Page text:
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The companies expanded their partnership to develop and commercialize messenger RNA (mRNA) cancer vaccines to include shared-antigen mRNA cancer vaccines such as mRNA-5671.
On May 3, 2018, Merck and Moderna Therapeutics, a biotechnology company focused on messenger RNA (mRNA) drug discovery and drug development, announced an expansion of their 2016 partnership to develop and commercialize novel personalized messenger mRNA cancer vaccines to include shared-antigen mRNA cancer vaccines such as mRNA-5671, Moderna’s mRNA v-Ki-ras2 Kirsten rat sarcoma viral oncogene homolog (KRAS) cancer vaccine.
Under the expanded agreement, Merck will be responsible for clinical development of mRNA-5671 and associated costs while Moderna will be responsible for clinical supply and associated costs. The two companies will jointly advance the cancer vaccine candidate in human studies and plan to conduct combination studies with additional immuno-oncology therapies. Following the completion of human proof-of-concept (hPOC) studies, Merck may opt-in on further development and commercialization of the cancer vaccine candidate upon payment of an undisclosed fee to Moderna. Following opt-in, the parties will equally share the global net profits and costs associated with the cancer vaccine candidate. The parties may also initiate and collaborate on other shared-antigen mRNA cancer vaccines programs. Moderna’s KRAS mRNA program uses tumor sequencing to identify suitable patients with specific mutations in KRAS in order to personalize the therapy.
KRAS is one of the most frequently mutated oncogenes in human cancer, occurring in approximately 90% of pancreatic cancers and 30% of non-small cell lung cancer (NSCLC), where they are associated with worse outcomes, according to Merck. Presentation of epitopes containing KRAS mutations to the immune system may cause an anti-tumor response. mRNA-5671, which Moderna began developing in 2017, encodes for the four most commonly found KRAS mutations and is designed to target most of the KRAS mutations that occur in NSCLC, colorectal cancer, and pancreatic cancer.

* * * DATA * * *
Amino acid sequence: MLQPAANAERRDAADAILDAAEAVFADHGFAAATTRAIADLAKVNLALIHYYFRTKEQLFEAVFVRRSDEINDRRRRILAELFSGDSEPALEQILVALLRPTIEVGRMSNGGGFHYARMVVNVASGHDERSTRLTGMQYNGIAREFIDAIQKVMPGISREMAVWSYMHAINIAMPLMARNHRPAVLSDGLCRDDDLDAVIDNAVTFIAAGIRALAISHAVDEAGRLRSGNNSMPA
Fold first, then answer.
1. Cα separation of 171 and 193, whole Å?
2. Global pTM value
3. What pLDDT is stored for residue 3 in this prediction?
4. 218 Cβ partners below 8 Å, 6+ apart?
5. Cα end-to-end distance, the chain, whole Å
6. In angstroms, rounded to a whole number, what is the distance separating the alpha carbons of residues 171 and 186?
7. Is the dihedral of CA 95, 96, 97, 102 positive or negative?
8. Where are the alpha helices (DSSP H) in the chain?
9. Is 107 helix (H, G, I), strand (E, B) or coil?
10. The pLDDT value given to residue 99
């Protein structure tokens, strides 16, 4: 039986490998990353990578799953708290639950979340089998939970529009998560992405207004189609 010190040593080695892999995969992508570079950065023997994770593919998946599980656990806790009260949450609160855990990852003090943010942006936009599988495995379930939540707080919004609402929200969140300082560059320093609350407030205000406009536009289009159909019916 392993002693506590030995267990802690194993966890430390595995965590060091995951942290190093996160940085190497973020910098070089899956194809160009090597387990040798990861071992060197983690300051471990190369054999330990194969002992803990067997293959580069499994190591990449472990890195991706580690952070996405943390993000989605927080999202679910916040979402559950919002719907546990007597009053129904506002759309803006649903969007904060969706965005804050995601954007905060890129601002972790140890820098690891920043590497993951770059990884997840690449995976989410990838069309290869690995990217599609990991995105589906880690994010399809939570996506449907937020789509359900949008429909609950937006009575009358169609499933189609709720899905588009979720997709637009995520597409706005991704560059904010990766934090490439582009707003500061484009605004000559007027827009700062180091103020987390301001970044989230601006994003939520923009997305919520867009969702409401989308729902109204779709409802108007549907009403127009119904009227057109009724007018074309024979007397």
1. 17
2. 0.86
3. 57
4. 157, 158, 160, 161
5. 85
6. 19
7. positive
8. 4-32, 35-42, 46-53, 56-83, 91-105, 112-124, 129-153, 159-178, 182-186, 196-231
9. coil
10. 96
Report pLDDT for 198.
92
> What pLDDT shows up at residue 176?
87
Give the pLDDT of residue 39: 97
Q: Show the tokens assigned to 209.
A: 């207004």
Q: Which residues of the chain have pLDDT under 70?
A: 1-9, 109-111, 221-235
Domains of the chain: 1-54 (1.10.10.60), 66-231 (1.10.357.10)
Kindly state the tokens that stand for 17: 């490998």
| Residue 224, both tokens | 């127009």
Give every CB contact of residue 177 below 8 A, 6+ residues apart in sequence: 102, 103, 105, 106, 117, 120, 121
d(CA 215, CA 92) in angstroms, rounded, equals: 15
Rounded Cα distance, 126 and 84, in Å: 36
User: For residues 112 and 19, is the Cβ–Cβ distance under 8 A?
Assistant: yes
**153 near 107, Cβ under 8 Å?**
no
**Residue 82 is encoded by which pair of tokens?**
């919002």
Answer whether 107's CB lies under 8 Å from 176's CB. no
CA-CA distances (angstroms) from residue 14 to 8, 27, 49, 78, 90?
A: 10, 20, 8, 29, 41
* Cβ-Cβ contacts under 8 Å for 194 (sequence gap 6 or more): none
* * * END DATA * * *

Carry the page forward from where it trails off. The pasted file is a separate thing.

“While KRAS has long been a challenging target, we believe our mRNA platform offers a novel approach designed to generate and specifically present KRAS mutations to the immune system, potentially allowing the patient’s own immune system to attack and eradicate cancers that harbor these mutations,” said Stephane Bancel, CEO at Moderna Therapeutics, in the press release.
“Augmentation of immune responses offers great promise in cancer therapy, as our work with the PD-1-specific antibody Keytruda [pembrolizumab] has shown,” said Dr. Roger M. Perlmutter, president, Merck Research Laboratories, in a company press release. “We now look forward to expanding our exploration of mRNA cancer vaccines, working in concert with our colleagues at Moderna.”
According to Merck, this is the fourth collaboration between the two companies. The oncology partnership builds upon an initial June 2016 agreement to jointly develop personalized mRNA cancer vaccines. Under the 2016 personal cancer vaccine agreement, Merck made an upfront cash payment to Moderna of $200 million to discover and develop individually tailored cancer vaccines for patients across a range of cancers through POC.